Chapter 5 of Transforming Learning With New Technologies was comparably less interesting than the other four chapters of the text book. The information on how to properly search the Internet is very important and plagiarism is a very serious issue in schools today, both topics covered in the text, but most of the information was already known and the authors seemed they were just getting this information out of the way. Wikipedia is a great website for information and resources but college students must already know to take it's information with a grain of salt and to not use for research purposes. The chapter did have some useful information, specifically there lists of search engines/data bases and search resources for children but all in all the chapter seemed a little lacking.


Maloy, R. W., Verock-O, R. E., Edwards, S. A., & Woolf, B. P. (2010). Transforming learning with new technologies. Allyn & Bacon. 

Tuesday, February 12, 2013

Chapter 4: Integrating Technology and Creating Change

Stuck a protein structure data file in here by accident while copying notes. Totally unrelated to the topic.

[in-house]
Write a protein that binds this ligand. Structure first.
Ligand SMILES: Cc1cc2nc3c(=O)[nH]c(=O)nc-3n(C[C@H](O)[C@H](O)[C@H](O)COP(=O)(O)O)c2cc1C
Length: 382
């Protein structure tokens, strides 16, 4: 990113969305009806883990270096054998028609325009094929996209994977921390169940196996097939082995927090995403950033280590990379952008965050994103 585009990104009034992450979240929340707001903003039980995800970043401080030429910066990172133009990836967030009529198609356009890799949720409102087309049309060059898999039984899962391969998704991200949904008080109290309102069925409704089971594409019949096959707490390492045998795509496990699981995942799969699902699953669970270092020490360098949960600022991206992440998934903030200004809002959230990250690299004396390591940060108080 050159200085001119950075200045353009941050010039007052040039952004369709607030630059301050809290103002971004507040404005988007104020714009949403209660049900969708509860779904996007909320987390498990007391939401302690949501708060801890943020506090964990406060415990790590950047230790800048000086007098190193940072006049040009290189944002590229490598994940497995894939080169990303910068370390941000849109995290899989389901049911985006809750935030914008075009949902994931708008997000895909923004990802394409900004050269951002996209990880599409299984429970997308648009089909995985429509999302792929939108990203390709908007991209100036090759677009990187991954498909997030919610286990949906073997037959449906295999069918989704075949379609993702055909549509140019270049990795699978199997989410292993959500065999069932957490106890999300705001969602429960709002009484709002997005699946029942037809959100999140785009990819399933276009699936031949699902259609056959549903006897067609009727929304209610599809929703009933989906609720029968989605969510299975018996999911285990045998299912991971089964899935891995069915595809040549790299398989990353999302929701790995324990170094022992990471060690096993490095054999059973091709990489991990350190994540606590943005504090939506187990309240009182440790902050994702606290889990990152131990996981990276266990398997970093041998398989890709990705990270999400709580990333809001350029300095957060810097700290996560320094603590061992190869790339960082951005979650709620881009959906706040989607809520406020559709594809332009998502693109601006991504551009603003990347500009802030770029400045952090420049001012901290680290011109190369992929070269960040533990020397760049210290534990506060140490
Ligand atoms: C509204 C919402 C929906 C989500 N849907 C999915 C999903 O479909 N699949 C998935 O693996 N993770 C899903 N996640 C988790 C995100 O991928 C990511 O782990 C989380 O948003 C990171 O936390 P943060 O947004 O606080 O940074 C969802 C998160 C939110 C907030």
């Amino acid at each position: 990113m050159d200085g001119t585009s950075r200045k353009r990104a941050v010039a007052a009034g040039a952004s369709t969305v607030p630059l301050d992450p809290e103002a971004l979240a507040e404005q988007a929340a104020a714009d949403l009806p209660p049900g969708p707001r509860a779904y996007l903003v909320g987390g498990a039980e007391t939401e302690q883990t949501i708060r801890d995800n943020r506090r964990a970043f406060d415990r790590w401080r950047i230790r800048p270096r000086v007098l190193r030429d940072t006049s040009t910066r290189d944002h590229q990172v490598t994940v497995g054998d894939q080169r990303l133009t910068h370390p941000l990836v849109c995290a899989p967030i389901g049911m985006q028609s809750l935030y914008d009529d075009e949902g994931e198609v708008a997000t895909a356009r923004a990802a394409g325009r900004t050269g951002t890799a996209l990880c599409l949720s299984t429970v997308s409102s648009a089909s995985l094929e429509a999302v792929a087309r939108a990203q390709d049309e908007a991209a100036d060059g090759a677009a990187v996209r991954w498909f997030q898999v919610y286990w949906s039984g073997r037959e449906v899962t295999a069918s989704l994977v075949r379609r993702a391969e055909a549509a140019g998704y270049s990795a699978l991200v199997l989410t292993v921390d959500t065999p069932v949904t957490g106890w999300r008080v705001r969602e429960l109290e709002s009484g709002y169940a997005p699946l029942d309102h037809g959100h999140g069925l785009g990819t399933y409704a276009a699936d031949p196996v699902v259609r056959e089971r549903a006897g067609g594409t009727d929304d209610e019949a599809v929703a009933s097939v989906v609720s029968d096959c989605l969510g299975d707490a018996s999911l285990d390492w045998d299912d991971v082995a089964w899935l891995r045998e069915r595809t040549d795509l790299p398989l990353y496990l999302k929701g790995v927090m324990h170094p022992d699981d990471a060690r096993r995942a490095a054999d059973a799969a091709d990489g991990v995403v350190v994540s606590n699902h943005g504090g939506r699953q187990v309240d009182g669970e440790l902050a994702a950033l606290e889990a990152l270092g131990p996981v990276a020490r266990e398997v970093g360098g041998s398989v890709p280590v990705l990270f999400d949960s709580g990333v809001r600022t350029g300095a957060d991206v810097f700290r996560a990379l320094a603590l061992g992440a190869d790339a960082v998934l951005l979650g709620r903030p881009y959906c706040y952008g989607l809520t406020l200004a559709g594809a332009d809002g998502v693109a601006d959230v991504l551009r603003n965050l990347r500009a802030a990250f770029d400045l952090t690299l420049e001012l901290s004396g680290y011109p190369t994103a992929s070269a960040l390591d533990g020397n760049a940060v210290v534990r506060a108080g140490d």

Focus Question: How can teachers use technology they already  have to promote successful learning?

Photo Credit to Eurleif on Flickr

Teachers must be prepared to utilize the technology they already have in their classroom. Whether those classrooms are up-to-date and the teacher and students have the ability to use high-speed WiFi on their personal, touch screen tablets or out-dated computers with pre-programmed, out-dated software all technologies should be used to its fullest abilities. Smart boards are very impressive but even a single computer connected to a digital projector can be beneficial to holding a student's attention. Personal computers with powerful processors and intense graphics are incredible but watching a short documentary on an old tube television and VCR then creating a group activity revoloved around the program that was watched could be just as engaging.

Tech Tool: Edutopia
Simply put, I was hugely impressed with Edutopia. The amount of extremely useful resources that are made available were staggering. The video An Introduction to a Project-Based learning was inspiring and intriguing and the the video Collaborative Learning Builds Deeper Understanding showed the many benefits to group work. The message board on teaching Social Studies was right up my alley and very interesting to read.  Just being able to watch extremely talented teachers do what they do best was great fun to watch. Edutopia was a wonderful website to visit with endless information and ideas on teaching and somewhere I could see myself visiting very often.